Gideon Resnick: Yeah, what a horrible, horrible situation.
Priyanka Aribindi: Yeah.
Gideon Resnick: Figure skaters for the Russian Olympic Committee are on thin ice.
Priyanka Aribindi: Pffft. Bye.
Gideon Resnick: Thank you very much. They may have their medals stripped after 15-year old superstar Kamila Valieva allegedly failed a drug test, testing positive for a stimulant that increases blood flow to the heart. The figure skaters initially claimed victory after the team event Monday, when Valieva became the first woman to ever land quadruple jumps in the free program. But instead of getting their medals that night as planned, the ceremony was postponed, first for 24 hours and then indefinitely. When asked Wednesday about the delay, IOC spokesperson Mark Adams said quote, “a situation arose at short notice that requires legal consultation.”
Priyanka Aribindi: Big yikes!
Gideon Resnick: Big yikes because of Valieva’s age, she is classified as a protected person under the rules of the World Anti-Doping Agency, also known as WAD-A—WAD-A squad rise up, this is your moment—meaning the responsibility for performance-enhancing drugs will lay on her coach. As of Wednesday, the Russian figure skaters still haven’t received their team Gold Medal because of the investigation. Instead, they were given stuffed animals of the official mascot of the Beijing Winter Olympics, Bing Dwen Dwen, a very cute panda with a heart of gold. To me, honestly, there is no difference.
Priyanka Aribindi: Yeah, to me, there’s a huge difference: the panda sounds better. Yeah. Why are rewarding this I don’t know.
Gideon Resnick: I don’t get it.
Priyanka Aribindi: They got it wrong. They got it wrong here. Democratic leadership signaled support Wednesday for legislation that would limit or ban congressional stock ownership, as a bipartisan effort has gained momentum on the floor. Senate Majority Leader Chuck Schumer took to the Senate floor to express support for a stock ownership ban, encouraging Democrats to work with Republicans to hasten an agreement. Meanwhile, the woman whose investment returns are the stuff of legend, House Speaker Nancy Pelosi, took a more complex approach, signaling her support for stock limitations but advocating for the rules to also extend to the judiciary branch. And if we’ve learned anything from the Build Back Better era, the more complicated the bill, the better.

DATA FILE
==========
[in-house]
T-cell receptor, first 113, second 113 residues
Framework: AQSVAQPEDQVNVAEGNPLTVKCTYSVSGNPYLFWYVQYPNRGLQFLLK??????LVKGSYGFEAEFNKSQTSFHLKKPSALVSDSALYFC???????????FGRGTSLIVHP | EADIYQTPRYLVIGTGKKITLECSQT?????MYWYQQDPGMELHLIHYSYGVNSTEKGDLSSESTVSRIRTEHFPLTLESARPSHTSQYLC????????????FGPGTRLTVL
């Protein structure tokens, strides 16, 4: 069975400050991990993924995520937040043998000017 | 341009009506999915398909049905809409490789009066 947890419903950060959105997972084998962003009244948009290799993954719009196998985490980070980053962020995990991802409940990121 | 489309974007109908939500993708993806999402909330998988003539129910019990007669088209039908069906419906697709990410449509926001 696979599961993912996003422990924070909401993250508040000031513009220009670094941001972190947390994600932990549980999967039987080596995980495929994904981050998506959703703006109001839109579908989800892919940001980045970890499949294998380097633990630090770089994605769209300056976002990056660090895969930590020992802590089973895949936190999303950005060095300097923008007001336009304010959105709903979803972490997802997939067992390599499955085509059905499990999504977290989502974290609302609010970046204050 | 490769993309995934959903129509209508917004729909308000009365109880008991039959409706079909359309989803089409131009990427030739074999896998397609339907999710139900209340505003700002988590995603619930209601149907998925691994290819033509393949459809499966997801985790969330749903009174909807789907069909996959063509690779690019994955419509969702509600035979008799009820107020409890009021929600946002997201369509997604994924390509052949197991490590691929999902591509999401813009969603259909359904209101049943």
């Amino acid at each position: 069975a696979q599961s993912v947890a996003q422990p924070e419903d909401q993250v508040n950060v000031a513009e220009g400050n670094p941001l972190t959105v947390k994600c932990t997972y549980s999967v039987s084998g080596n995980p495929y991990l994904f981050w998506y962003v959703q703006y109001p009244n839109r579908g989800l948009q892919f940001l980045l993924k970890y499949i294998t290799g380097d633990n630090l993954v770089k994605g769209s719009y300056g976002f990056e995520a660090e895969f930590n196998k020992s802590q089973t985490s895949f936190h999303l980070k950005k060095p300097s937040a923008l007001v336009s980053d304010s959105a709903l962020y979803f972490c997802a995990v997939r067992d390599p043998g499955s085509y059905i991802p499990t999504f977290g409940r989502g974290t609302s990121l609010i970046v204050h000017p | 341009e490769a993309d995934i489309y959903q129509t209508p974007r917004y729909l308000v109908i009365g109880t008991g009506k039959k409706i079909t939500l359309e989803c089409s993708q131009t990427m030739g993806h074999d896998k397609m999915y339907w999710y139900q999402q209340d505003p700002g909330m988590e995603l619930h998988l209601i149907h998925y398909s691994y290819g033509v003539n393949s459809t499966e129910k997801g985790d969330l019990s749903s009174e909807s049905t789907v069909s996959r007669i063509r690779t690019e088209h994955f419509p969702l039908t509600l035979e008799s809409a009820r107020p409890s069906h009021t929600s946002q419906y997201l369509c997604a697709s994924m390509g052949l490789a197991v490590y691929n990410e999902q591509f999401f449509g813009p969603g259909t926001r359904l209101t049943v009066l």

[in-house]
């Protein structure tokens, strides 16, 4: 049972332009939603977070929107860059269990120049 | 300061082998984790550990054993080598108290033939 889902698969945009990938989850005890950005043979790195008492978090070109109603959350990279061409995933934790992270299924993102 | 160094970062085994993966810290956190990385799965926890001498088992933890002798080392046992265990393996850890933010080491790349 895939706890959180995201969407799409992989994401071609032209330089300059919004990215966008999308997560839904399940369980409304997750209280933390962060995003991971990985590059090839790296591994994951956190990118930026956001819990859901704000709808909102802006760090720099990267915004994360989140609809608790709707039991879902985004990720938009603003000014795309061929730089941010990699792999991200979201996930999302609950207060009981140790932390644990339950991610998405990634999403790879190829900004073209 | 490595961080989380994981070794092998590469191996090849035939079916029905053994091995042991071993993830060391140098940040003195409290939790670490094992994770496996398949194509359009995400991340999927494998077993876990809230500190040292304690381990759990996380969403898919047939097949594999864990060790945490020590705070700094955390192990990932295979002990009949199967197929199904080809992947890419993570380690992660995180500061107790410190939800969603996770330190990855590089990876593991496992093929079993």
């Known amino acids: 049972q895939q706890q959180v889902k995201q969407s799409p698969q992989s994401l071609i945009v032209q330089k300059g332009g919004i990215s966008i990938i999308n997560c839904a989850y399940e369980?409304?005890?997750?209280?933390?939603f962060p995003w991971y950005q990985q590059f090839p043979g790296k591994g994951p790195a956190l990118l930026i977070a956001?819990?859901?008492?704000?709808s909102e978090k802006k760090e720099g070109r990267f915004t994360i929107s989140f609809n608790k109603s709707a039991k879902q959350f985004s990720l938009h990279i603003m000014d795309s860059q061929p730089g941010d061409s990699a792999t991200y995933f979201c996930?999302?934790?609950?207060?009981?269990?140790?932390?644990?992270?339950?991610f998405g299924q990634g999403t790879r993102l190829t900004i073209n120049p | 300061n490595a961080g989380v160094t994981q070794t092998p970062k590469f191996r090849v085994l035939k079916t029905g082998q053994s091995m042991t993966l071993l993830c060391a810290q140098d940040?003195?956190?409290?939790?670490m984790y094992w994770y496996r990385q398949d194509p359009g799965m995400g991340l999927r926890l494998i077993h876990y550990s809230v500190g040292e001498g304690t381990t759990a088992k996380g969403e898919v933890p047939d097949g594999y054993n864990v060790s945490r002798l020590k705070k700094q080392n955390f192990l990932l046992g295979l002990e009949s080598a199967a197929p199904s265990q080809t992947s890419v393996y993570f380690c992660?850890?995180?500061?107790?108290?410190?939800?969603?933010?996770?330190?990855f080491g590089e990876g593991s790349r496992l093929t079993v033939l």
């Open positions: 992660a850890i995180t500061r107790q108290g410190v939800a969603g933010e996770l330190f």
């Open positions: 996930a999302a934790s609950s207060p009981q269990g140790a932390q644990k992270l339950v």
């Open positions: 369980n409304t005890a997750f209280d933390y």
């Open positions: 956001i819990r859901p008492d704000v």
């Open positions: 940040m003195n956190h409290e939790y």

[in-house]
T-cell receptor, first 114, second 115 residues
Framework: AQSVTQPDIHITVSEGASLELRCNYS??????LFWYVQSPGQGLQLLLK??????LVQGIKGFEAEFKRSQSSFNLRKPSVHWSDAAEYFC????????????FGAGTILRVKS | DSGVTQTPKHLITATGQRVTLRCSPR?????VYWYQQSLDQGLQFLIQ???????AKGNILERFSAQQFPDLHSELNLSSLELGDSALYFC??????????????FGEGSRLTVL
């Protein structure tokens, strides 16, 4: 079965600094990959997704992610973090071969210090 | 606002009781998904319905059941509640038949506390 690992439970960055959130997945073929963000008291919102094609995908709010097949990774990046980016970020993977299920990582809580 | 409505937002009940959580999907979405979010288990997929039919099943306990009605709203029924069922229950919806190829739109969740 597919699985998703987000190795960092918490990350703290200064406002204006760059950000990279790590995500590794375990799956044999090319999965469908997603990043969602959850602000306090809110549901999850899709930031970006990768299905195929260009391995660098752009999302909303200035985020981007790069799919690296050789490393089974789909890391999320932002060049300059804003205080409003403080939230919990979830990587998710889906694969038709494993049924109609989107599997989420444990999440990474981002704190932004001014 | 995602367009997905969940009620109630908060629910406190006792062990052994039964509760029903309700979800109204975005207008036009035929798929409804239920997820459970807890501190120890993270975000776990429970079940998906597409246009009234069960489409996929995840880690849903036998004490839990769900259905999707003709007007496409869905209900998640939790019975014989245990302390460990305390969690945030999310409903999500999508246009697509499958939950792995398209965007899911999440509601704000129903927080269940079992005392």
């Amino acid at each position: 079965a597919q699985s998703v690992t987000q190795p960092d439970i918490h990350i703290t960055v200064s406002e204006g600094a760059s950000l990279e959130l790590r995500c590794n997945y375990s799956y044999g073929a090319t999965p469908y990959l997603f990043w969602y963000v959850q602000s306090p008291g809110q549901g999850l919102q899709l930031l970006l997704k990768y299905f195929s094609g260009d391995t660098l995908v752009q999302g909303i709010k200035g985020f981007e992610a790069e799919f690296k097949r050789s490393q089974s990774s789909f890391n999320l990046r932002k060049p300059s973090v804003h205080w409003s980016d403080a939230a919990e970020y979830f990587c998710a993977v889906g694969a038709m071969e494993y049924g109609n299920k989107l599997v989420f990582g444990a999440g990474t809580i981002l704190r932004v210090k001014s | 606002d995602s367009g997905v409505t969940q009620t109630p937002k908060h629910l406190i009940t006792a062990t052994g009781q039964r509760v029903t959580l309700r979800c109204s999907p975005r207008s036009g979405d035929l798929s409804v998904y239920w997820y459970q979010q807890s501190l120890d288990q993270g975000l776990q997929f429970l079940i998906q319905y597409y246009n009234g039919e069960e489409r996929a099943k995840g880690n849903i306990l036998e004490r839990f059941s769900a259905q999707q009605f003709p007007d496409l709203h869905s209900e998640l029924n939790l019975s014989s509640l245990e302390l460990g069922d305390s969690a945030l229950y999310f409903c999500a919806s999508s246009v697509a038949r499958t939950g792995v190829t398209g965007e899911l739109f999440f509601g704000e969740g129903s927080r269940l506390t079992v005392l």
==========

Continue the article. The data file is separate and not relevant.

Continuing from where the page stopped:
Gideon Resnick: Definitely.
Priyanka Aribindi: Multiple bills to ban stock trading exist in the House and the Senate, including one that Democratic Senator Elizabeth Warren and Republican Senator Steve Daines unveiled this week, as well as a proposal by Democratic Senator Kirsten Gillibrand and Representative Katie Porter reintroduced on Wednesday. The demand for these bills has grown since reporting last year showed multiple legislators had profited from trading health care stocks following closed-door meetings on the early coronavirus pandemic. My solution for Americans regaining trust in their elected officials: for every stock a senator gives up, they get a pair of cozy mittens to wear while they are crossing their legs outside and looking grouchy—soon that they will be the most popular politicians of all time, at least online. It is a foolproof plan.
Gideon Resnick: I don’t think that it would translate with certain people, but with enough of them, maybe. Maybe it would work.
Priyanka Aribindi: Nancy Pelosi digging herself out of a mound of mittens?
Gideon Resnick: Yes. That’s what’s in her freezer in addition to the ice cream. And those are the headlines. They’re in the freezer now because she has so many, of course.
Priyanka Aribindi: One more thing before we go: this week on Keep It, Ira, Lewis and Aida discuss Oscar nominations and whether or not Lady Gaga was snubbed, how Black History Month has already gone terribly awry, Kanye and Kim’s messy divorce, and more. Plus, Nicole Byer joins to talk about being the busiest woman in show business and pandemic routines we’ve already abandoned. New episodes of Keep It drop every Wednesday. Listen wherever you get your podcasts.
Gideon Resnick: That is all for today. If you like the show, make sure you subscribe, leave a review, make a politician mittens so they can be popular, and tell your friends to listen.
Priyanka Aribindi: And if you’re into reading, and not just the secret history of the gazpacho police like me, What A Day is also a nightly newsletter. Check it out and subscribe at Crooked.com/subscribe. I’m Priyanka Aribindi.
Gideon Resnick: I’m Gideon Resnick.
[together] And come on, WAD, Bing Dwen Dwen!
Gideon Resnick: Yes, we would love to ask you questions.
Priyanka Aribindi: I want a little stuffed animal. I want to be an Olympian for that reason.
Gideon Resnick: I want to interrogate you to see if you saw any drugs while you were being held. No, I would like to hold Bing.
Priyanka Aribindi: Bing Dwen Dwen, do your tell all here. This is the place
Gideon Resnick: Tell the truth. What A Day is a production of Crooked Media. It’s recorded and mixed by Bill Lancz. Jazzi Marine and Raven Yamamoto are our associate producers. Our head writer is Jon Millstein, with writing support from Jocey Coffman, and our executive producers are Leo Duran and me, Gideon Resnick. Our theme music is by Colin Gilliard and Kashaka.